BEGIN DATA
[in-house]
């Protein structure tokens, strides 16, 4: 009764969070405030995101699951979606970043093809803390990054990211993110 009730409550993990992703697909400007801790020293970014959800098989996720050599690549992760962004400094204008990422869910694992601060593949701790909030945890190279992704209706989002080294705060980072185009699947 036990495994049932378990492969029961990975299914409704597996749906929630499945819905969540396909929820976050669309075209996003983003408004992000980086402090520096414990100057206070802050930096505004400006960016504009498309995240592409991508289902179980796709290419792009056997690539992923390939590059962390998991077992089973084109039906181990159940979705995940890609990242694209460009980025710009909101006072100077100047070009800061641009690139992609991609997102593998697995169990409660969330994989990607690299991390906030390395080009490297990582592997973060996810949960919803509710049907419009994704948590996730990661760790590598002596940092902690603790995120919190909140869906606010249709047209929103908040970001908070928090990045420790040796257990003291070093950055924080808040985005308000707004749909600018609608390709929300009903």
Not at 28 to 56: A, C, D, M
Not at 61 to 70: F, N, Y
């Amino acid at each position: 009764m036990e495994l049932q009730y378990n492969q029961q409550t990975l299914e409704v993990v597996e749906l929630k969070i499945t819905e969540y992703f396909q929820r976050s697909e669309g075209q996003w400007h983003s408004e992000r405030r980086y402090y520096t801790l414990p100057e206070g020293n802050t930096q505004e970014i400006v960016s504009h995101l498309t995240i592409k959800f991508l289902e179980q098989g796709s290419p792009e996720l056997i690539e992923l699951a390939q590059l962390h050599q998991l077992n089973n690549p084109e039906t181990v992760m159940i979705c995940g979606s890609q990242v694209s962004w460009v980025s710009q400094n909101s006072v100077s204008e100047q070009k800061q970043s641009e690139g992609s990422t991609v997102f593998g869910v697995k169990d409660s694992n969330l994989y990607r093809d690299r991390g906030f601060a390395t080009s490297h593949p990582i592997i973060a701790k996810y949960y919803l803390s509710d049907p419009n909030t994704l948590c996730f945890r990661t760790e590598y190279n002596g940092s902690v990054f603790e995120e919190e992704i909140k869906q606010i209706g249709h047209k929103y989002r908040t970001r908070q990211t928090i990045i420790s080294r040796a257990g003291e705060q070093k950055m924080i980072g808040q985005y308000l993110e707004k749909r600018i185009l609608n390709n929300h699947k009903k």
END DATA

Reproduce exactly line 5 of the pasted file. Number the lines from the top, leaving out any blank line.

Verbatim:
């Amino acid at each position: 009764m036990e495994l049932q009730y378990n492969q029961q409550t990975l299914e409704v993990v597996e749906l929630k969070i499945t819905e969540y992703f396909q929820r976050s697909e669309g075209q996003w400007h983003s408004e992000r405030r980086y402090y520096t801790l414990p100057e206070g020293n802050t930096q505004e970014i400006v960016s504009h995101l498309t995240i592409k959800f991508l289902e179980q098989g796709s290419p792009e996720l056997i690539e992923l699951a390939q590059l962390h050599q998991l077992n089973n690549p084109e039906t181990v992760m159940i979705c995940g979606s890609q990242v694209s962004w460009v980025s710009q400094n909101s006072v100077s204008e100047q070009k800061q970043s641009e690139g992609s990422t991609v997102f593998g869910v697995k169990d409660s694992n969330l994989y990607r093809d690299r991390g906030f601060a390395t080009s490297h593949p990582i592997i973060a701790k996810y949960y919803l803390s509710d049907p419009n909030t994704l948590c996730f945890r990661t760790e590598y190279n002596g940092s902690v990054f603790e995120e919190e992704i909140k869906q606010i209706g249709h047209k929103y989002r908040t970001r908070q990211t928090i990045i420790s080294r040796a257990g003291e705060q070093k950055m924080i980072g808040q985005y308000l993110e707004k749909r600018i185009l609608n390709n929300h699947k009903k």